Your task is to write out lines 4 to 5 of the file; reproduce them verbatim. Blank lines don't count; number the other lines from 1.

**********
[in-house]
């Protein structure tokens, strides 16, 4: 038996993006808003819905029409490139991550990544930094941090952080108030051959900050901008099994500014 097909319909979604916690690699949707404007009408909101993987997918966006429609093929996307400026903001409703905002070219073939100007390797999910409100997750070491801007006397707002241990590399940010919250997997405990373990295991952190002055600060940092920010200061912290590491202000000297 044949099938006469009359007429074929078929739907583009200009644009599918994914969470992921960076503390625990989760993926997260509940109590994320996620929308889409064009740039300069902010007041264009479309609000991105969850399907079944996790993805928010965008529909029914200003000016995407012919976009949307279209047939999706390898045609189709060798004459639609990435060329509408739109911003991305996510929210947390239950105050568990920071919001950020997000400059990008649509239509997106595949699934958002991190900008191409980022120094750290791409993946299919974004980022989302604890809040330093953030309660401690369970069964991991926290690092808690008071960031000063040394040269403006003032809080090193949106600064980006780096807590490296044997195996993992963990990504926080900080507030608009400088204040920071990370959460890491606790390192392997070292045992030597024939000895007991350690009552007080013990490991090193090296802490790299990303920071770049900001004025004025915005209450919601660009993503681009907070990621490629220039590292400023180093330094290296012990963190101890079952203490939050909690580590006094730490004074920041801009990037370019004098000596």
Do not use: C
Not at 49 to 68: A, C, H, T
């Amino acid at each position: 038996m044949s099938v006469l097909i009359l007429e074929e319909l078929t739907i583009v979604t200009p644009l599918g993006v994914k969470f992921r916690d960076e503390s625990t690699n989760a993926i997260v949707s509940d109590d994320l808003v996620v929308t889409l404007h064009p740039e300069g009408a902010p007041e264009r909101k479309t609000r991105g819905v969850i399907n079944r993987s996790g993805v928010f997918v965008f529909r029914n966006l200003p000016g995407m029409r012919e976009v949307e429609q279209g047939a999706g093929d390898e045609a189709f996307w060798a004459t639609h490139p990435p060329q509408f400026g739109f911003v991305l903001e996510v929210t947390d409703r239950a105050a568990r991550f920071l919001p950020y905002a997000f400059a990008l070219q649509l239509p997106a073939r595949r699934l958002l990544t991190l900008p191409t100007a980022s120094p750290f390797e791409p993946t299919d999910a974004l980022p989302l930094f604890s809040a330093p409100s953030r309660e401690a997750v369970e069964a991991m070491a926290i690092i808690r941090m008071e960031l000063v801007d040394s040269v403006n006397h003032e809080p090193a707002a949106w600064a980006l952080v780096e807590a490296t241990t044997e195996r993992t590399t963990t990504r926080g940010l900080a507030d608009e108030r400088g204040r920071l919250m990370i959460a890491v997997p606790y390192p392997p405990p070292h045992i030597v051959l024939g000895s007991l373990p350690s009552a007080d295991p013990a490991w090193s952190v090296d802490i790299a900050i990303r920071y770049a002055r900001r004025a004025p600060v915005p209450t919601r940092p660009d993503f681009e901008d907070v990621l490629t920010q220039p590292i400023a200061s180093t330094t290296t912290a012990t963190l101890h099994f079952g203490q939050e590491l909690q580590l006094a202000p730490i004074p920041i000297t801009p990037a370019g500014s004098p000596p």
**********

Not at 49 to 68: A, C, H, T
């Amino acid at each position: 038996m044949s099938v006469l097909i009359l007429e074929e319909l078929t739907i583009v979604t200009p644009l599918g993006v994914k969470f992921r916690d960076e503390s625990t690699n989760a993926i997260v949707s509940d109590d994320l808003v996620v929308t889409l404007h064009p740039e300069g009408a902010p007041e264009r909101k479309t609000r991105g819905v969850i399907n079944r993987s996790g993805v928010f997918v965008f529909r029914n966006l200003p000016g995407m029409r012919e976009v949307e429609q279209g047939a999706g093929d390898e045609a189709f996307w060798a004459t639609h490139p990435p060329q509408f400026g739109f911003v991305l903001e996510v929210t947390d409703r239950a105050a568990r991550f920071l919001p950020y905002a997000f400059a990008l070219q649509l239509p997106a073939r595949r699934l958002l990544t991190l900008p191409t100007a980022s120094p750290f390797e791409p993946t299919d999910a974004l980022p989302l930094f604890s809040a330093p409100s953030r309660e401690a997750v369970e069964a991991m070491a926290i690092i808690r941090m008071e960031l000063v801007d040394s040269v403006n006397h003032e809080p090193a707002a949106w600064a980006l952080v780096e807590a490296t241990t044997e195996r993992t590399t963990t990504r926080g940010l900080a507030d608009e108030r400088g204040r920071l919250m990370i959460a890491v997997p606790y390192p392997p405990p070292h045992i030597v051959l024939g000895s007991l373990p350690s009552a007080d295991p013990a490991w090193s952190v090296d802490i790299a900050i990303r920071y770049a002055r900001r004025a004025p600060v915005p209450t919601r940092p660009d993503f681009e901008d907070v990621l490629t920010q220039p590292i400023a200061s180093t330094t290296t912290a012990t963190l101890h099994f079952g203490q939050e590491l909690q580590l006094a202000p730490i004074p920041i000297t801009p990037a370019g500014s004098p000596p």